Once we were ready to leave our sanctuary, we emerged to an eerie calm. Nothing seemed out of place. Couplings surrounded the trees as we made our way to a sparsely occupied place where my new household held an audience. When we were noticed, Galadhon approached us with another elf close behind.
“Orothôn,” he began. “I do not believe you have met Denethor, son of Lenwë.”
“No,” I answered, bowing to him. “It is an honor.”
“For me as well,” he said gleefully, turning to wife. “Lady Mîrwen, you are looking more beautiful than before. Love agrees with you.”
“And with you,” she answered. “May I inquire about Arethuil?”
“She is with Mother,” he said, his demeanor changing. “Both are with Orowen.”
“Then I shall join them,” Mîrwen said. “I will leave you to your ways.”
Galadhon and Denethor bowed as she left my side. I felt lonely—even with Galadhon standing beside me.
“Come, Orothôn,” he said. “As one of us, it is your right and obligation to attend the council.”
We made our way toward a clearing the forest where I could see Elwë, Elmo and Lenwë sitting with other elves—Galathil among them. As we grew closer, we heard discussions.
“We must leave as quickly as we can,” Elmo said. “Beyond these mountains above us lies our path to Eldamar.”
“I do not understand why we must hasten westward on hope alone,” Lenwë argued. “If it was of urgency, we would have followed Ingwë, Finwë and your brother Olwë beyond this wood.”
“Our minds are our own, Lenwë,” Elwë answered. “This much is true. But we are not alone. As the chosen of our people, it is to them our thoughts must belong.”
“Whatever is decided,” Galadhon said. “May it be soon as Celebriel is quick with child.”
“That is wonderful, brother,” Galathil said upon our approach. “I am proud for you.”
“This is cause for celebration,” Elwë said smiling. “My dear brother has started a legacy. May it last the ages.”
As we gave our blessing to Galadhon, I could see Lenwë fuming to himself.
“Enough,” he finally said. “I will give you my decision upon our audience next.”
He stormed away, her his son did not follow. After a moment of silence, a voice broke through the tension.
“So, my firstborn son is to become a father,”
It was Orowen with Taurëa, Nárwen, Mîrwen and two other maidens with whom I was not familiar.
“Yes, Nana,” Galadhon said as he took the hand of one of the three.
Celebriel was an elf of great beauty—her flawless skin was kissed by golden tendrils that fell effortlessly to her waist. The one Denethor went to was Arethuil—equally as beautiful with long golden hair and eyes clear as water. They seemed lost in each other; as they were the only ones in the world. Mîrwen approached me with a smile on her face.
“Arethuil, have you met Orothon,” she asked. “I know Celebriel has yet to do so.”
They bowed reverently as Taurëa came to me.
“You are Orothon,” she asked.
“Yes, My Lady,” I answered nervously.
“I see many great things that will come from you. A great many things.”
I had no words to say—her presence was overwhelming as Elwë’s.
“It is good to see you, Taurëa,” Elwë said.
“You are too kind, Elwë,” she said bowing.
“Where has Lenwë gone off to,” Orowen asked. “Was he not with you? Elwë? Elmo?”
“He was,” Elmo said. “He has taken his leave for a time.”
“You must go the way of the Eldalië,” Taurëa said. “No matter what may come of us.”
“What are you saying, Mother,” Denethor asked concerned.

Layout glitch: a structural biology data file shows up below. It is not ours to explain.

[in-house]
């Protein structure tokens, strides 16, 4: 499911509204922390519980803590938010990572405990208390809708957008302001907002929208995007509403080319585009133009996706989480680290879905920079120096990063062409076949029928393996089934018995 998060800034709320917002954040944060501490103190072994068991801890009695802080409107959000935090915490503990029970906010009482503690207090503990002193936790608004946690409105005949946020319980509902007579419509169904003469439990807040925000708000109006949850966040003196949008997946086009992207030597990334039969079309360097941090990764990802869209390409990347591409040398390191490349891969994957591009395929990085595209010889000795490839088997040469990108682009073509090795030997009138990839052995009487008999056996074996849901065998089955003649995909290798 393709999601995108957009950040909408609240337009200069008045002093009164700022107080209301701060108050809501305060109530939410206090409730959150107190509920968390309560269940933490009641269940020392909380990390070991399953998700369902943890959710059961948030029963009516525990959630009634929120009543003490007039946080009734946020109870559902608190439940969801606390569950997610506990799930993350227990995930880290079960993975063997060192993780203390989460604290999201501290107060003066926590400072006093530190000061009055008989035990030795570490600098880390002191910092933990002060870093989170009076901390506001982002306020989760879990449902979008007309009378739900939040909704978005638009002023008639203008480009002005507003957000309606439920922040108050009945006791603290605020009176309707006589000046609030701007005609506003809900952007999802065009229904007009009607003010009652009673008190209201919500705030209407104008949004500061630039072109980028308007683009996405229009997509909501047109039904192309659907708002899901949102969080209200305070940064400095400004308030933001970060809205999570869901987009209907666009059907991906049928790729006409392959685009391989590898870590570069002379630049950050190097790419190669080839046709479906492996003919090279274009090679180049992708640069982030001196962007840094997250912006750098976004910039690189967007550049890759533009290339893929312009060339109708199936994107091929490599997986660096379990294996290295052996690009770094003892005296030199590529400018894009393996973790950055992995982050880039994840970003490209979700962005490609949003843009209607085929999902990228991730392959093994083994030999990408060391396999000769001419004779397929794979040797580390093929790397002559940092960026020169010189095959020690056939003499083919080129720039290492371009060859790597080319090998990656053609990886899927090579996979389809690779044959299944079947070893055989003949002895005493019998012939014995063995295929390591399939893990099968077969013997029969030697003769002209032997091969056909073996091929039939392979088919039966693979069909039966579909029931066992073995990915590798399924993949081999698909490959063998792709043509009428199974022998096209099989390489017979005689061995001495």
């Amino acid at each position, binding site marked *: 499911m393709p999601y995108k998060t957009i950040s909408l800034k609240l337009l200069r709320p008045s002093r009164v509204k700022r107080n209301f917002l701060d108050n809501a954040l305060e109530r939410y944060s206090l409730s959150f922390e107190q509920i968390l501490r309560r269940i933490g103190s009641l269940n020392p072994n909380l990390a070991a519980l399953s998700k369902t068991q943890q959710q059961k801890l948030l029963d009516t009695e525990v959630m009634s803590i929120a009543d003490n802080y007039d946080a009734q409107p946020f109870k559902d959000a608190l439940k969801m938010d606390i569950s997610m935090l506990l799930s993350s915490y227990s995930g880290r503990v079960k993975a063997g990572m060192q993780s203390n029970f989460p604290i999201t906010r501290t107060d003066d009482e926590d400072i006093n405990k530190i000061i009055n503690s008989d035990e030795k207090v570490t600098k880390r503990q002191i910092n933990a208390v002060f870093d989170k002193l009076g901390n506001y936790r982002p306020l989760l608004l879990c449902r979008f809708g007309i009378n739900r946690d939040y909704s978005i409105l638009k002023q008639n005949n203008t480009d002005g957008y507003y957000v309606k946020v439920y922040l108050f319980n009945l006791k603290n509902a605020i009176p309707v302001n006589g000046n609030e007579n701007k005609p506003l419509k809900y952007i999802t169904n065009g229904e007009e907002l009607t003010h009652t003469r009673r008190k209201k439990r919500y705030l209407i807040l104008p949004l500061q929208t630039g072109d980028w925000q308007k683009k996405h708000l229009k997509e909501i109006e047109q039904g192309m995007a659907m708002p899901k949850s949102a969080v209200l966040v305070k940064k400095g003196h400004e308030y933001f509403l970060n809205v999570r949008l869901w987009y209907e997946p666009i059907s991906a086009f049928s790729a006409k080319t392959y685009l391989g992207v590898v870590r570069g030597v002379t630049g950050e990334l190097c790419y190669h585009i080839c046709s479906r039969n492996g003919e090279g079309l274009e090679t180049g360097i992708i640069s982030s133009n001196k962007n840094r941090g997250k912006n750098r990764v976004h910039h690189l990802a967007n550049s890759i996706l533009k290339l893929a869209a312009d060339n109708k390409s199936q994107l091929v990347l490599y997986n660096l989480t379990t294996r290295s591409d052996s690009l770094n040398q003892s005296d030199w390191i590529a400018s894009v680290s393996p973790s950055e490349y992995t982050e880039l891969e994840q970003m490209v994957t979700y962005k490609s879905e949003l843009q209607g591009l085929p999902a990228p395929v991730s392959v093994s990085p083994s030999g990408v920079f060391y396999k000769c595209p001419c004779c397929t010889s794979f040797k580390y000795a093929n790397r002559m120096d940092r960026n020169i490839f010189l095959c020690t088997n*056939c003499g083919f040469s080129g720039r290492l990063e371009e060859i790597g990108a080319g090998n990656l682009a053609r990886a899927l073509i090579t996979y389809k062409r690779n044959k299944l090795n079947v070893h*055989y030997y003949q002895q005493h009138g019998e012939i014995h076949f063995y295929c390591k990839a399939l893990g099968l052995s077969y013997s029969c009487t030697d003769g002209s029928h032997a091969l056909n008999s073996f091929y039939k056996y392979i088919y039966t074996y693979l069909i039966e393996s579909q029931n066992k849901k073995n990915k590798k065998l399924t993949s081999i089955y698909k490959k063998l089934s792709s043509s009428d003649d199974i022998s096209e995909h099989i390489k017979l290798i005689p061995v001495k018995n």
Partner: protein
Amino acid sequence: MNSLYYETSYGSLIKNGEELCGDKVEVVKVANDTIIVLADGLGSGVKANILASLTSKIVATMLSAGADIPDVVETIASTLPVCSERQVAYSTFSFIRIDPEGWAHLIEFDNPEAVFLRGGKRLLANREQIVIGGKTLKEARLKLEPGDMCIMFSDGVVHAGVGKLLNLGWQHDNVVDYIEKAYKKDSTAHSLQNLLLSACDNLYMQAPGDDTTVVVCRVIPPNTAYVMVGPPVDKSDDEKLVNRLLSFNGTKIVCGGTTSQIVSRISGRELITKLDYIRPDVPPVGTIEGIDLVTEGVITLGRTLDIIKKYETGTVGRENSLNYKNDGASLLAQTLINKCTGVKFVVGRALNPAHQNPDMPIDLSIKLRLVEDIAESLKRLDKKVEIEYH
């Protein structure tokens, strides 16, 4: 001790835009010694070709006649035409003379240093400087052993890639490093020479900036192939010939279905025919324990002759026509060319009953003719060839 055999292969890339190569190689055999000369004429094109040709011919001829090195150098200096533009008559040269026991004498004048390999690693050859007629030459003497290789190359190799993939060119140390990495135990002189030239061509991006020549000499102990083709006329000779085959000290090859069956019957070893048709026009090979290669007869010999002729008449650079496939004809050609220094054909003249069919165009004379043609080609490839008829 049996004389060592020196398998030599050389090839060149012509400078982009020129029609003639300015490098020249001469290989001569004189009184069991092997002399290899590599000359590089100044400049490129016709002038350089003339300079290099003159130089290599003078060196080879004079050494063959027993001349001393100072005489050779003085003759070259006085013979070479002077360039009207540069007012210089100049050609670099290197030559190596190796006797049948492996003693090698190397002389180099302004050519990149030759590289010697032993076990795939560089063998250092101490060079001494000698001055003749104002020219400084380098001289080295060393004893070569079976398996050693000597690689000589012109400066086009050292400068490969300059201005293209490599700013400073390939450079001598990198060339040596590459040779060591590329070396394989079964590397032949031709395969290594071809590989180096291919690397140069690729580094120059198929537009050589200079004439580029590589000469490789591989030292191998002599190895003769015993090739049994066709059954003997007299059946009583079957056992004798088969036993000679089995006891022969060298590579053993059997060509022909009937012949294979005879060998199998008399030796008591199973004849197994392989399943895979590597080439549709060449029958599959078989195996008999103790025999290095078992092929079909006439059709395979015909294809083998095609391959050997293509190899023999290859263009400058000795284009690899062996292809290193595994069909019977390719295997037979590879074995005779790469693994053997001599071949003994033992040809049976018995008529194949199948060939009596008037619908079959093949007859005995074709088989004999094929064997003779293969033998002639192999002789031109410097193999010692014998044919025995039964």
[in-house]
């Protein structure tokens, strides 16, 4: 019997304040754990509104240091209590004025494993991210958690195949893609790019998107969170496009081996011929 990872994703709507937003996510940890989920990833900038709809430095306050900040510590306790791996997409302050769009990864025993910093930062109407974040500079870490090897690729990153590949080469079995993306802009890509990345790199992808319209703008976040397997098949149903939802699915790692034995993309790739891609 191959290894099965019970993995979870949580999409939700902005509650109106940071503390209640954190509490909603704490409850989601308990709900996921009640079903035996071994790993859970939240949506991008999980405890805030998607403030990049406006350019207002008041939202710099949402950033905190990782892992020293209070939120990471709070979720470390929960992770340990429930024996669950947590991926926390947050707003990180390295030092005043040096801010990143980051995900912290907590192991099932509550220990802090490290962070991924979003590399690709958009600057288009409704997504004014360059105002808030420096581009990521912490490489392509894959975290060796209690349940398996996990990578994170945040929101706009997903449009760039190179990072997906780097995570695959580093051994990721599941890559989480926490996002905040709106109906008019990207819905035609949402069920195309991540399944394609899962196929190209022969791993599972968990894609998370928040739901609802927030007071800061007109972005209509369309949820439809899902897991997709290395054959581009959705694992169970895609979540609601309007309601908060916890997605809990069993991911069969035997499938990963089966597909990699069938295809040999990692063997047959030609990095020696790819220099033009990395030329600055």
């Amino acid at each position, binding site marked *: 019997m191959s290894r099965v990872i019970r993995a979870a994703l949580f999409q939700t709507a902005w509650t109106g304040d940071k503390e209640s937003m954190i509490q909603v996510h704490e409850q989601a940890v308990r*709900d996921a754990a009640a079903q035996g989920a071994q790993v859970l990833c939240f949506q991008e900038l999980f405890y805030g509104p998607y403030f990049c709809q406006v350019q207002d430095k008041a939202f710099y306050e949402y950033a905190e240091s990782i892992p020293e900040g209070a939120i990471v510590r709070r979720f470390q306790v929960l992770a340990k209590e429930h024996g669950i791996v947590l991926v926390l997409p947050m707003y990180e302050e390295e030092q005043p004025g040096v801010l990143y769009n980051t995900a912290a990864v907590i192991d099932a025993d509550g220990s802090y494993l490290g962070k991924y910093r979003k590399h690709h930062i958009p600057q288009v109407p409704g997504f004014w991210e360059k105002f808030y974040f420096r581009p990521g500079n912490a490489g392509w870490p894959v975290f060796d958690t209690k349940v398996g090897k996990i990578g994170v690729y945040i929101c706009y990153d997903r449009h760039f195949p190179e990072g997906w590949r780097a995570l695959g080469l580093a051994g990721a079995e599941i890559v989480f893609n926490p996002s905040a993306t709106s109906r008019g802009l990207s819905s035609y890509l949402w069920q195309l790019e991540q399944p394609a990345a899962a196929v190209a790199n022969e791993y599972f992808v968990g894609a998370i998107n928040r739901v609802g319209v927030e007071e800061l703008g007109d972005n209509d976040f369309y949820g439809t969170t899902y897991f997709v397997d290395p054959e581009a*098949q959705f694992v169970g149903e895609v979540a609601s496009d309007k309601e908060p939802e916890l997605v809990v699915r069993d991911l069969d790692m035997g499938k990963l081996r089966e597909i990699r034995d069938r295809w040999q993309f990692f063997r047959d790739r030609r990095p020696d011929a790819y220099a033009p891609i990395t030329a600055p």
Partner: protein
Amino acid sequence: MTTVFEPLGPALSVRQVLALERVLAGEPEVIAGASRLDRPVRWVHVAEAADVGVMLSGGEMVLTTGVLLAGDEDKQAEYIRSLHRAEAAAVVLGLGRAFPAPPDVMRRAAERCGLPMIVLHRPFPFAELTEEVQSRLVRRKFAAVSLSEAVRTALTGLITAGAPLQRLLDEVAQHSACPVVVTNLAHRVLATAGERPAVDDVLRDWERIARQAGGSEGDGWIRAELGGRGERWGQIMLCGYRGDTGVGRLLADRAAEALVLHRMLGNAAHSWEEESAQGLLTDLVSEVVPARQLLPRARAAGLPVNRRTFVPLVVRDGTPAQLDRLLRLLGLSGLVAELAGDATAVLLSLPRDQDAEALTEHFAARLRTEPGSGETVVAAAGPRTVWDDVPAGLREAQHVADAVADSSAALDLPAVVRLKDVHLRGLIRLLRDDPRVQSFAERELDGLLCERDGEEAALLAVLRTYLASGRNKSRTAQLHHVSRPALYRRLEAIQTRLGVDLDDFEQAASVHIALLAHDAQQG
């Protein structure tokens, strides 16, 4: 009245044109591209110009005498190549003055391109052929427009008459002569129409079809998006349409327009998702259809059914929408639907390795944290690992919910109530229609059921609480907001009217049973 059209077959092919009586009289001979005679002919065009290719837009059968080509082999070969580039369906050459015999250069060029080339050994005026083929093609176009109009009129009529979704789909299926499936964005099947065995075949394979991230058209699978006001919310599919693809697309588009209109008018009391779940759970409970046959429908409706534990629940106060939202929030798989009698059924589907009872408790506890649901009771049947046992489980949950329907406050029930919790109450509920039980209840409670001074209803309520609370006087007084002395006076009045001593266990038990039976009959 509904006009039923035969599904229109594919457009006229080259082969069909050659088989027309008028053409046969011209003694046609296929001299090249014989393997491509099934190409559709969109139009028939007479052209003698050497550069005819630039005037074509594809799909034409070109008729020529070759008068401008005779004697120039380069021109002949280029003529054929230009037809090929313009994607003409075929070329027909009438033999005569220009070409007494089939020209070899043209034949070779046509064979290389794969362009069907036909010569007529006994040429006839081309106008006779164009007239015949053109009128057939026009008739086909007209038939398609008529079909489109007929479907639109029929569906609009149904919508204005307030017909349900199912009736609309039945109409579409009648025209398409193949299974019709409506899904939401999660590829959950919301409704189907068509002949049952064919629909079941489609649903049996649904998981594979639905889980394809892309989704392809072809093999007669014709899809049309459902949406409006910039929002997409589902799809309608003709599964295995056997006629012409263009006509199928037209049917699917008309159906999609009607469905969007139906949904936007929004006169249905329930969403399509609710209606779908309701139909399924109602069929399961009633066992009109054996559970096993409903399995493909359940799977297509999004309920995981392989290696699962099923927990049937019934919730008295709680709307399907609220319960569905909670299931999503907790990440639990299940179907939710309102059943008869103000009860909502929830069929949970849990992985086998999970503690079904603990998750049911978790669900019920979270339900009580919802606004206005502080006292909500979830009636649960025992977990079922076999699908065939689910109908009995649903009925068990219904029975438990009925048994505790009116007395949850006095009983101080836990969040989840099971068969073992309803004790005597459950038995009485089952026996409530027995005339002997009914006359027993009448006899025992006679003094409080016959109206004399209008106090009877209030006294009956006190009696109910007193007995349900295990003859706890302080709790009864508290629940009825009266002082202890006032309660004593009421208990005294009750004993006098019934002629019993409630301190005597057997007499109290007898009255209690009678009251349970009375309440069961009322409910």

“Your father has made his decision,” she said. “I will remain with him as his wife.”
“You know these things to be true,” Elwë asked her.
“I know my husband, Elwë. I have made peace with the part of him that will not be moved. For better or for worse.”
“Then I shall stay with my parents,” Denethor said angrily.
“No,” Taurëa answered, “You will go forth beyond the mountains as it is your destiny.”
Taurëa looked around—as to remember something long lost.
“When you leave,” she began. “Do not return to look for me.”
She turned away and left briskly in the direction of her husband. When she was gone, everyone seemed like they were searching for words to say.
“Go your way for now,” Elwë said. “Soon we shall depart for Eldamar.”
Saying no more, we turned away. I felt Mîrwen take my hand and I could feel her fear.
“Have you spoken with your mother,” I asked after some time.
“Yes,” she began. “She knows.”
“Pardon,” I asked. “What does she know?”
“That I carry our son, Orothôn.”
I stopped walking as I felt my breath get caught inside my chest.
She smiled at me.
“I saw it,” she answered. “I have been him many times.”
“That is not all you have seen to be sure,” I said thinking out loud.
“No, it is not,” Mîrwen said, her face crestfallen. “And I do not wish to speak of those things. I must rest now—alone.”
She walked away toward our sanctuary. Before I could follow her, Iarûr, Êlengolas, and Valdôr were standing before me.
“There are whispers among the elves,” Êlengolas said. “None of them are good.”
“What have you heard, Orothôn,” Valdôr asked sternly. “You are close to the leaders. You are part of their circle, are you not?”
“I am,” I said. “But not a great one.”
“You can speak,” Iarûr said. “I woke beside all the leaders, Orothôn. If you speak truth, then you have nothing to fear.”
“Lenwë will pass no further beyond this wood,” I said abruptly.
“So it is true,” Êlengolas said. “And his son will remain behind as well?”
“No. His mother wishes for him to continue on.”
“He will,” Iarûr answered. “He is close to Taurëa. I cannot say the same for his father.”
“Finëar wishes to journey with us,” Êlengolas said. “He has great doubts in his heart about Lenwë and I as well.”
“What concerns you, Êlengolas,” I asked. I knew him to keep a close eye on the world around us.
“He seemed all too willing to remain by Nen Echui where some have made their home.”